Russ Howard, Ray Turnbull and Hiroyuki Saito inducted into World Curling Hall of Fame

  • WCF President Kate Caithness presenting Hiroyuki Saito with the Freytag Medal Photo: WCF/Richard Gray

The World Curling Federation (WCF) announced today that Canada’s Russ Howard and Ray Turnbull, and Japan’s Hiroyuki Saito, are inducted into the World Curling Hall of Fame.

The announcement was made following an on ice ceremony celebrating the lifetime achievements of Hiroyuki Saito at the ZEN-NOH World Women’s Curling Championship being held in Sapporo, Japan.

Russ Howard and Ray Turnbull, along with 2014 World Curling Hall of Fame inductee Randy Ferbey, will be formally inducted at the Ford World Men’s Curling Championship 2015, which is taking place in Halifax, Canada from 28 March until 5 April.

Speaking about this news, WCF President Kate Caithness said: “We are delighted to induct three outstanding ambassadors of our sport into the World Curling Hall of Fame - Russ Howard, Ray Turnbull and Hiroyuki Saito. We are also looking forward to formally inducting Randy Ferbey who has waited patiently to receive this honour in Canada.”

She continued: “All four individuals have been hugely influential in our sport both on and off the ice. Their endeavours have not only inspired generations of curlers but more importantly helped develop our sport considerably around the world. Their dedication to curling is reflected by this honour which recognises their remarkable achievements in our sport.”

Hiroyuki Saito

Japan’s Hiroyuki Saito was a Member of the WCF Executive Board for six years, from 2002 until 2008. Saito brought the first World Curling Championship level competition to Asia in 2007 when Aomori, Japan hosted the World Women's Curling Championship.

He was also a long serving President of the Pacific-Asia Curling Federation, during which he ensured the region received permanent spots in the men’s and women’s World Curling Championships.

In his homeland, Saito also served as President of the Japan Curling Association, overseeing a considerable increase in the number of curling clubs in Japan.

Speaking of his induction, Saito said: “I am truly honoured to be given this prestigious honour by the World Curling Federation. I have worked in curling for many years having been driven by the successful development of our sport, not only in Japan, but also throughout the Pacific-Asia region and beyond. I believe this award recognises the tremendous progress that has been made in our sport in recent years and look forward to what the future holds for curling.”

Russ Howard

Canada’s Russ Howard will be inducted on Saturday 4 April during the evening session of play at the Ford World Men’s Curling Championship 2015.

He won Olympic gold skipping Team Canada in 2006 in Torino, Italy, in addition to winning Canada’s national championship (the Brier) and World Curling Championships in 1987 and 1993.

Howard played an important role in revolutionising the way the game is played. The current four-stone Free Guard Zone rule can be traced to Howard’s so-called Moncton Rule, which was introduced at a bonspiel in his hometown in 1990.

Today, he works as a commentator for Canadian sports broadcaster TSN. Speaking of this announcement, Howard said: “Curling has given me so many opportunities over the years, for which I will always be thankful.” He continued: “I consider myself blessed that I’ve had these opportunities to play the game I love and be rewarded so richly for it, and I’m truly appreciative to the World Curling Federation for this honour, and to Curling Canada for its support over the years.“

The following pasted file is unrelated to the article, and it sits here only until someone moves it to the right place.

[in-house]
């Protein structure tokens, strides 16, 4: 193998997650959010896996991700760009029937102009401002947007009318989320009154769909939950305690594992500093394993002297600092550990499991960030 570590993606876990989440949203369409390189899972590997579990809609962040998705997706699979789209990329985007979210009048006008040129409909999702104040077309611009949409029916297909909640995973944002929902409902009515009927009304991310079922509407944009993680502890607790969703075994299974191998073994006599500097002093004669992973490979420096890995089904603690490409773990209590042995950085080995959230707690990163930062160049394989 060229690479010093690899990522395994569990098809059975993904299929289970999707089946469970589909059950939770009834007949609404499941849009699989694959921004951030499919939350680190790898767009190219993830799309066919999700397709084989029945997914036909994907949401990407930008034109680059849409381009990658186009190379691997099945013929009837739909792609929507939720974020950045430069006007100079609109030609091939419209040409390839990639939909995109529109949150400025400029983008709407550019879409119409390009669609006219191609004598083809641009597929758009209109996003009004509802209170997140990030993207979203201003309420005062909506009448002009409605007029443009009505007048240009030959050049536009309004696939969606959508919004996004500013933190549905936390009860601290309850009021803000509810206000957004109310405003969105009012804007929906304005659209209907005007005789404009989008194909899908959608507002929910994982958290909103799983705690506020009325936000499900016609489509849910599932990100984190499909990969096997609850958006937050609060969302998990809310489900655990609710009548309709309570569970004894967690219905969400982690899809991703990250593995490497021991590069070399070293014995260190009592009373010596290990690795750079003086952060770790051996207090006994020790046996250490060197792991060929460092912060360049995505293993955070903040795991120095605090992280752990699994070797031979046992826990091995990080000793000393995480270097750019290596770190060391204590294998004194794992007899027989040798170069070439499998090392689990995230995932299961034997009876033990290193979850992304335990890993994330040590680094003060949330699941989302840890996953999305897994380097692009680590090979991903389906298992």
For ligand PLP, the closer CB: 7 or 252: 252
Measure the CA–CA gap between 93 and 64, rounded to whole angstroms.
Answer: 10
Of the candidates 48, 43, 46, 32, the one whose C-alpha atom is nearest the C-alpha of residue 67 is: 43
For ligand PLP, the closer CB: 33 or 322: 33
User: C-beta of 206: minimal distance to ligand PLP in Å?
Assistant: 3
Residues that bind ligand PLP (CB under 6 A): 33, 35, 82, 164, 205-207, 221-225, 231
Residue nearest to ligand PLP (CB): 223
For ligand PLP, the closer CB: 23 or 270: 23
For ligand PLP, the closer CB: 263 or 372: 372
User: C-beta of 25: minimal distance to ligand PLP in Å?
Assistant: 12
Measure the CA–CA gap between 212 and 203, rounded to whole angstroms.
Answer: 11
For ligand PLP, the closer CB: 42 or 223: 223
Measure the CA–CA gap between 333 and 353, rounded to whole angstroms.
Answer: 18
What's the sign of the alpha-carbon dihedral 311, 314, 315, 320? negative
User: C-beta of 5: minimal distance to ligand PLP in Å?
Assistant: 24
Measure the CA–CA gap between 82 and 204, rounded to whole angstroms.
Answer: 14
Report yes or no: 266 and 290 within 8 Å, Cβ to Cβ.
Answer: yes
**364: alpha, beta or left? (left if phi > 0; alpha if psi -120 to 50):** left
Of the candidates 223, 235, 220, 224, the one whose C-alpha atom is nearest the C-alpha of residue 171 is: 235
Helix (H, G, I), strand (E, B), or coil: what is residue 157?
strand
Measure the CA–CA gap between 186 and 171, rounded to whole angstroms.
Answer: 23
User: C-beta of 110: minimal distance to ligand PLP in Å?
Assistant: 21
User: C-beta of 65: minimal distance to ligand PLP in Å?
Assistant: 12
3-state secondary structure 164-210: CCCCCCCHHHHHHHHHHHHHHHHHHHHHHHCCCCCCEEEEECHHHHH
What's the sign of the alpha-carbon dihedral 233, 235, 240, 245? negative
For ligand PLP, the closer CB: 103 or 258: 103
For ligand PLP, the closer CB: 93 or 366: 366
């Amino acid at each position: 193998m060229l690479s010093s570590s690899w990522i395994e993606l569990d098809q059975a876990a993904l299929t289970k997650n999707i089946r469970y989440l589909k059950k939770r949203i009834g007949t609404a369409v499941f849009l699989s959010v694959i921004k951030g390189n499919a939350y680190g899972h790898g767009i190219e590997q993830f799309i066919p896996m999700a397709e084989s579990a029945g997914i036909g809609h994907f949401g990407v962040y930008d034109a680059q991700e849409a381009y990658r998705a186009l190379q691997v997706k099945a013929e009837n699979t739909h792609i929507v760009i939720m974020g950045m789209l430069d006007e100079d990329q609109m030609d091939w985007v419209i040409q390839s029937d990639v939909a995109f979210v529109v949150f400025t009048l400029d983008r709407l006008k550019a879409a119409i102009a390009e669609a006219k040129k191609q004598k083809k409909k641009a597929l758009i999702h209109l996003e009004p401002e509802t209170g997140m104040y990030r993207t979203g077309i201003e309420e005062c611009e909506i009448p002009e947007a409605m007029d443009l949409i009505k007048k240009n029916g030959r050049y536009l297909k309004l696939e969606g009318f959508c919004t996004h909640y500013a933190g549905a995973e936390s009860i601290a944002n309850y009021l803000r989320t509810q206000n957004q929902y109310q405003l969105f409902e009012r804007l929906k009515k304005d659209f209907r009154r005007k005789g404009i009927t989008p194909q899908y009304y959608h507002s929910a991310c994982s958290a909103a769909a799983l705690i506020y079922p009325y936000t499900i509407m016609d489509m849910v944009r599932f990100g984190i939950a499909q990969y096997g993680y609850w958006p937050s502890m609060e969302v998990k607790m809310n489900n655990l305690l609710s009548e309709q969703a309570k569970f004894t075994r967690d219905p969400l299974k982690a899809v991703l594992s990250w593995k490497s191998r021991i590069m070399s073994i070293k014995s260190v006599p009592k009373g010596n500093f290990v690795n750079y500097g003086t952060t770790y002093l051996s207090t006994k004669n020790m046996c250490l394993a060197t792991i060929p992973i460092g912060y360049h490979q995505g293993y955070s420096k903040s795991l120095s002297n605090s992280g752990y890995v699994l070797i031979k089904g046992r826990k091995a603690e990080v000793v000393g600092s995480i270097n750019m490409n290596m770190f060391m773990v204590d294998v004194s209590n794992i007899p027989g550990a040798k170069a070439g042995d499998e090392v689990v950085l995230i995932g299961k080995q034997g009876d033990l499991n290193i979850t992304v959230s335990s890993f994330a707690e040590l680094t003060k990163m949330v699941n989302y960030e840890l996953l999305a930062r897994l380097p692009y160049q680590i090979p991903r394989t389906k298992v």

Ray Turnbull

Fellow Canadian Ray Turnbull will be honoured earlier that day, during the afternoon session of play.

Turnbull, a Brier winner in 1965, played a crucial role prompting the Canadian Curling Association (now Curling Canada) to create a junior-age national championship.

During his years as a player, he developed teaching techniques and was among the first to offer formal instruction for players and coaches, both in Canada and around the world, in addition to his work as an official.

Turnbull moved into the broadcast booth with TSN in 1985 and stayed there through until 2010, becoming one of the sport’s most familiar and trusted voices.

After receiving news of his induction, Turnbull said: “I’ve always thought I was extremely lucky to have been able to make a living from this wonderful sport that has given so much pleasure to people around the world.”

He added: “There are so many friends, teammates and family members who’ve helped me to get here, and I’m sharing this honour with all of them.”

Randy Ferbey

Canada’s Randy Ferbey will be formally inducted in an on ice-presentation the previous day, on Friday 3 April during the evening session of play.

You can read more about his induction into the World Curling Hall of Fame in 2014 here:

It’s the fourth year the World Curling Federation has accepted nominations for induction into the Hall of Fame, which is described as “the highest ‘non-playing’ honour that the World Curling Federation can bestow. This recognises outstanding achievements and contribution to World Curling.

Prior to 2012, the WCF awarded the World Curling Freytag Award, named after the late Elmer Freytag of the US Curling Association, who was a founding member of the International Curling Federation (now the WCF).

For more information on the World Curling Hall of Fame, go to: